The Impact of Delay When Making a Claim for Spousal Support

 In Family Law

Both married and common-law spouses may be entitled to support following the breakdown of a relationship.  While other claims in family law are subject to limitation periods (for example, a claim for equalization of property), there is no limitation period for bringing a claim for spousal support under either the Family Law Act or Divorce Act.  While there is no limitation period barring a claim for spousal support, considerable delay in making a claim for support may result in the claim being dismissed.

How delay will be considered and treated will depend on the specific facts of each case.  The case law, however, sets out the factors to be considered when determining a claim for spousal support in the face of delay.

In Fyfe v. Jouppien, the court was tasked with assessing a claim for spousal support six years following separation.  The parties, in that case, had been married for eighteen years.   In the decision, Chappel J. stated that:

“[E]xcessive delay in seeking spousal support by a party may raise questions as to whether there was an ongoing reasonable expectation of support, and whether there was actual need on the part of the claimant spouse”.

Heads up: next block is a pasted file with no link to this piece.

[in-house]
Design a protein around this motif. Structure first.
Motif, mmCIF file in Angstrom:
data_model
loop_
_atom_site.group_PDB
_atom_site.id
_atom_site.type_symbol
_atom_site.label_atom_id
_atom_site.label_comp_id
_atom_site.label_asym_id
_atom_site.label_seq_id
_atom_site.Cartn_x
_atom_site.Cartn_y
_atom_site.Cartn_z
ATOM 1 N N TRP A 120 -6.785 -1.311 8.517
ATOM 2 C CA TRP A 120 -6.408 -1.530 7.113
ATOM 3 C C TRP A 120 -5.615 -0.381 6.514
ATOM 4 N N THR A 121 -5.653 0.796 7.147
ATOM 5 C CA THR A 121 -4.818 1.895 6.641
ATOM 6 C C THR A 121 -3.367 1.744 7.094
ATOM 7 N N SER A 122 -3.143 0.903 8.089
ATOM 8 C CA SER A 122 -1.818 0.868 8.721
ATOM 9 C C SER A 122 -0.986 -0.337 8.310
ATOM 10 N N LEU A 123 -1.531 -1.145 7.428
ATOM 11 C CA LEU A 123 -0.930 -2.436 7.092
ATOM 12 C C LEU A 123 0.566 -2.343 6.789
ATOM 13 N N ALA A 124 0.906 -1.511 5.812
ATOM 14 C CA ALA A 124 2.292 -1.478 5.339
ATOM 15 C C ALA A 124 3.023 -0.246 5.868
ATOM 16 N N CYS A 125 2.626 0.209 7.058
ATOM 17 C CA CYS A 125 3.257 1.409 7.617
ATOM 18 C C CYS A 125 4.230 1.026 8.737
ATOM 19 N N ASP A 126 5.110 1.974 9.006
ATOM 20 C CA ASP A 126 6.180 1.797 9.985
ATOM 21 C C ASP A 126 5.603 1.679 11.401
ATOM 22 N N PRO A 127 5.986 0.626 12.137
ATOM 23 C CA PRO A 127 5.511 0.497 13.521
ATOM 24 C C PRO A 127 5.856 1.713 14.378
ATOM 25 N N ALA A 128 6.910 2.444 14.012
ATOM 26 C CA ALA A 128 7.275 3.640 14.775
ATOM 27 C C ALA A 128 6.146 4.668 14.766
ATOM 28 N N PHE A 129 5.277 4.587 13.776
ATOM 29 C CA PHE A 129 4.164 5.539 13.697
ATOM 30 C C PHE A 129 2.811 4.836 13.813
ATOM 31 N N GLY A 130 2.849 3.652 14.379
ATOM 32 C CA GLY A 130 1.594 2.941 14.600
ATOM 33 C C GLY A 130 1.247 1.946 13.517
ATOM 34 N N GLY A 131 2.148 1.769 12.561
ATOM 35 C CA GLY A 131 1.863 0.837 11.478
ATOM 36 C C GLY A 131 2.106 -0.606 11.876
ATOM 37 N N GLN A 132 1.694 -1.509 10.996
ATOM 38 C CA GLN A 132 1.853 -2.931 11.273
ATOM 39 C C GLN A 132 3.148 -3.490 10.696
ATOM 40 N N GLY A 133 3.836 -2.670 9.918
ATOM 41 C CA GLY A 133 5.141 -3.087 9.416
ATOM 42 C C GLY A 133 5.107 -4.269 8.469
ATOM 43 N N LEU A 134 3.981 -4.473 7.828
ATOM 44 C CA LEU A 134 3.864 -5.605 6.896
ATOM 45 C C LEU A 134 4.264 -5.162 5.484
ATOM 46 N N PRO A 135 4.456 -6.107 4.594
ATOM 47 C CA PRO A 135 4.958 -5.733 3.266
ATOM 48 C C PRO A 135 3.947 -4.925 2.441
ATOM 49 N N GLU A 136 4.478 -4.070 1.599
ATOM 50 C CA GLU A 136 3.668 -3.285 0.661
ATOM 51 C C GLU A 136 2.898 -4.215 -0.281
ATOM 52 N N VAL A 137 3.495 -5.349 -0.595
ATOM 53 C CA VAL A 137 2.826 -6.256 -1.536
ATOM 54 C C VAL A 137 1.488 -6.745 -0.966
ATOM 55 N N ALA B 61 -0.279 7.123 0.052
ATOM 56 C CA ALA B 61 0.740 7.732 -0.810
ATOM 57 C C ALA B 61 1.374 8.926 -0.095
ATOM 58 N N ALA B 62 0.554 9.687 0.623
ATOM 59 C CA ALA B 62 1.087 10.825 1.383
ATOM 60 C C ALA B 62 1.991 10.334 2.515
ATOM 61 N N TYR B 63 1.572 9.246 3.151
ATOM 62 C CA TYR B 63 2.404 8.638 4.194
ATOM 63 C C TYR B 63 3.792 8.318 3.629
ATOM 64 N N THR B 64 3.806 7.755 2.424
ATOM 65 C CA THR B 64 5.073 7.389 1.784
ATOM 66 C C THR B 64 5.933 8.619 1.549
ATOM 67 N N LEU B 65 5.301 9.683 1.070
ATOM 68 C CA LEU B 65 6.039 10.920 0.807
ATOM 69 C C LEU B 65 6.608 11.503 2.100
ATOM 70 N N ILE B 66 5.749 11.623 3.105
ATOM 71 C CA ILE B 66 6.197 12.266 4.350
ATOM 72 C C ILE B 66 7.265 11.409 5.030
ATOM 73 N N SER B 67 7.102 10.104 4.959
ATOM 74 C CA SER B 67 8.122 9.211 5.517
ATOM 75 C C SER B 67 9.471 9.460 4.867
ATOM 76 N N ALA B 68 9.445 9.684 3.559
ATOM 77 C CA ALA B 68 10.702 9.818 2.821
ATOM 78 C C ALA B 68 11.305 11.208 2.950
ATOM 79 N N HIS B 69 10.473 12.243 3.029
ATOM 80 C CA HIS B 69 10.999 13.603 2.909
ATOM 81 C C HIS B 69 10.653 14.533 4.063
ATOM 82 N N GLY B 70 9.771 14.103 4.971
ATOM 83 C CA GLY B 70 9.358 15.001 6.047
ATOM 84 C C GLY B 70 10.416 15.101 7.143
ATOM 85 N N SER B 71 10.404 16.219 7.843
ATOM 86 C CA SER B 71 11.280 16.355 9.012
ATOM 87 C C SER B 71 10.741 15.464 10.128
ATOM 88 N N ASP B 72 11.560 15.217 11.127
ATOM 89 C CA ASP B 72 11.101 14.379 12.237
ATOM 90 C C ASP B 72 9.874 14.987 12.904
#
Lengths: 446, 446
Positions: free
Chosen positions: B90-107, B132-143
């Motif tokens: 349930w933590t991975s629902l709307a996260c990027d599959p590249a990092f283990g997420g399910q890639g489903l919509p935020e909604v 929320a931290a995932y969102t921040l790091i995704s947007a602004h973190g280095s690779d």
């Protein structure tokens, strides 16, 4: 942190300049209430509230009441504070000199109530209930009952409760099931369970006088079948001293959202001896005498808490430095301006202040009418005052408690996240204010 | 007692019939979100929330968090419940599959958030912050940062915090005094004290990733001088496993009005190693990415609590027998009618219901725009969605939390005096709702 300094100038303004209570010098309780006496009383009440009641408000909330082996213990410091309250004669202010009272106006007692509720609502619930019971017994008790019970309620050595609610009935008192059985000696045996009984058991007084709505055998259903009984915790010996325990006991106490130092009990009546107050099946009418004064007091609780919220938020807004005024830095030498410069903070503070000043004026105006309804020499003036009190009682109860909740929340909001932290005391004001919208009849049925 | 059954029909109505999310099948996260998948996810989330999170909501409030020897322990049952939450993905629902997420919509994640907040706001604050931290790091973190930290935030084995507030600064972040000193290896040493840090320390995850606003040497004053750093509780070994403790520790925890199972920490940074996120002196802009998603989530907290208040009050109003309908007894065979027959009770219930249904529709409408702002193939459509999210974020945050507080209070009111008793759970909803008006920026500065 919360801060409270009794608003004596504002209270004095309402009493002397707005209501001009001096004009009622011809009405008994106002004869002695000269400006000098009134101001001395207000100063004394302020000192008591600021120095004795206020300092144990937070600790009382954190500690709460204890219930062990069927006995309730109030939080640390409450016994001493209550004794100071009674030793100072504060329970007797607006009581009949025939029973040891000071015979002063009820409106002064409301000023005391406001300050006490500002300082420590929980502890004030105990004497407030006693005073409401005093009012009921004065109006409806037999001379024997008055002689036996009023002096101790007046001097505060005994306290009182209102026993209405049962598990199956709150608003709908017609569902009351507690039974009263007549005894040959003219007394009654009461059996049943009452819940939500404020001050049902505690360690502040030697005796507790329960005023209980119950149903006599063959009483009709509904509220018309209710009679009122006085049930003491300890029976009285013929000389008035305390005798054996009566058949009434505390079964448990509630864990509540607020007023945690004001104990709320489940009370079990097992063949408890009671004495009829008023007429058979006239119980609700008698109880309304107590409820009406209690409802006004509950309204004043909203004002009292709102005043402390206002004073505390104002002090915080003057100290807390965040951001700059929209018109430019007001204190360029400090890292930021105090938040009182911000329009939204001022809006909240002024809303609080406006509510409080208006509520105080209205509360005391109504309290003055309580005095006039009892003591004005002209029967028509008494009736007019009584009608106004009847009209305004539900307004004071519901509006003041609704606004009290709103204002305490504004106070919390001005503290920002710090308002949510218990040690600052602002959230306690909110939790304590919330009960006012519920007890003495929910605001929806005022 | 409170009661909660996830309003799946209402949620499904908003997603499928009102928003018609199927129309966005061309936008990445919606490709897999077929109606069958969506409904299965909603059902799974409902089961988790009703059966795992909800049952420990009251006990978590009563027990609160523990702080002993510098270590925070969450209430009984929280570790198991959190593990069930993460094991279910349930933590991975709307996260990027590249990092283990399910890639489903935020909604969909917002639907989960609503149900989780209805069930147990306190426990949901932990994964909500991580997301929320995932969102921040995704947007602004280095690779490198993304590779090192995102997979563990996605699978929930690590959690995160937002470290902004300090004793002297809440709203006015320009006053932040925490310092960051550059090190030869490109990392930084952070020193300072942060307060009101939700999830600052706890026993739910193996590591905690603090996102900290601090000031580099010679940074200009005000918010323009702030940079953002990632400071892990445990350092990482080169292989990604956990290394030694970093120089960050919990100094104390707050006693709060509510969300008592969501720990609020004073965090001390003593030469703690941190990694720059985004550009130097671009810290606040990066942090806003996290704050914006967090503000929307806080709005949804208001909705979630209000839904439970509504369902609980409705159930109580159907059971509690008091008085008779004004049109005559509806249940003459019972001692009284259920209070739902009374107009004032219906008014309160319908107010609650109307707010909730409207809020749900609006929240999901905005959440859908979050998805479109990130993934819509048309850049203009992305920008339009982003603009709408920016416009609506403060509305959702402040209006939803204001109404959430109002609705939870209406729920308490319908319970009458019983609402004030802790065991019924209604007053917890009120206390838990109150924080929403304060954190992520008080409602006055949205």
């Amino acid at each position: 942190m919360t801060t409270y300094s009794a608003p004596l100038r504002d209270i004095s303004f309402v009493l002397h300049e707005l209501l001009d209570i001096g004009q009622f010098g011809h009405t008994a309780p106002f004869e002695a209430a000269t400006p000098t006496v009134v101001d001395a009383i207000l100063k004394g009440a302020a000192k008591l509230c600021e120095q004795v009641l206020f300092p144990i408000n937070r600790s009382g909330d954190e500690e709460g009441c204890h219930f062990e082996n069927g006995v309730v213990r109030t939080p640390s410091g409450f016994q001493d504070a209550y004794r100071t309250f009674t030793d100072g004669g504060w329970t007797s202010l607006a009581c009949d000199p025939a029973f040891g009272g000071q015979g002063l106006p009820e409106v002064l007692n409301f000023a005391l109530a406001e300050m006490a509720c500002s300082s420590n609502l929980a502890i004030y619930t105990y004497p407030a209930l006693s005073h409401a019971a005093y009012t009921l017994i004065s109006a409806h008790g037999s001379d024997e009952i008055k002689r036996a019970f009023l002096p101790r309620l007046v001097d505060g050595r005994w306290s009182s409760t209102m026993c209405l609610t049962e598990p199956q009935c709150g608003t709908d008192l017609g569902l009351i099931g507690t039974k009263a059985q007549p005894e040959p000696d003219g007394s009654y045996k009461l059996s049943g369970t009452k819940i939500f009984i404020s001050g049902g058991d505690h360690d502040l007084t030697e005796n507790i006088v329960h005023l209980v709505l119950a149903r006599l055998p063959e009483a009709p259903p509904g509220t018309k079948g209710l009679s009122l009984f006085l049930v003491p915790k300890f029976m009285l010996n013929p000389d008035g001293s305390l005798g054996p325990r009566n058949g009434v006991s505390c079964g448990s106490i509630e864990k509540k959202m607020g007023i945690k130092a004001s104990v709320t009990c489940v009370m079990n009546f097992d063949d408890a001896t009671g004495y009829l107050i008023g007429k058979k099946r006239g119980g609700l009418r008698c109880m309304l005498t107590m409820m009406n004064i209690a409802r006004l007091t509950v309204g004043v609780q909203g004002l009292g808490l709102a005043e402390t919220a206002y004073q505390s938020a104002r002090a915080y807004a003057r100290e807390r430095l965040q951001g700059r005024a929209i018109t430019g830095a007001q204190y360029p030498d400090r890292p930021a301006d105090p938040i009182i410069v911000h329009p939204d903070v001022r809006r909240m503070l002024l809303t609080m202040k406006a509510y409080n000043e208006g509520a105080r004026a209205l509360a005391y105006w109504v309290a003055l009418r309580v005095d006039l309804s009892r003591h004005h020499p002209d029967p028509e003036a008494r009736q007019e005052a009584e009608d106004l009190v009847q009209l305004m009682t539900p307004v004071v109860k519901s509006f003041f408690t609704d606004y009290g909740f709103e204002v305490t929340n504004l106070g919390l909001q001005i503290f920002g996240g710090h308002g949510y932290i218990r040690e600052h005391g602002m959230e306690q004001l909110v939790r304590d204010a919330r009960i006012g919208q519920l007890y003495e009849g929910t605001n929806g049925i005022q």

In the Fyfe case, the parties agreed that the claimant of spousal support did not have any entitlement to support at the time of separation but the circumstances had changed resulting in a finding that the claimant was now entitled to support on a needs basis.

Some of the factors the court will consider when deciding whether to grant a claim for spousal support in the face of delay are as follows:

  1. Financial need arising after separation;
  2. Financial interdependence, both before and particularly after separation; and
  3. The length of the delay in making the claim.

Other decisions have suggested that delay should not affect a claim for support, provided that there is a compelling reason for the delay in bringing the claim.

While the delay in bringing a claim for support is not a bar to support and there are many cases in which support has been ordered notwithstanding delay, one should not put off bringing a claim.  As previously noted, each case will turn on its own specific facts and delay may increase the possibility that a claim will be dismissed.

This blog post was written by Kate Wright, a member of the Family Law, Wills and Estates and Litigation teams.  She can be reached at 613-369-0383 or at

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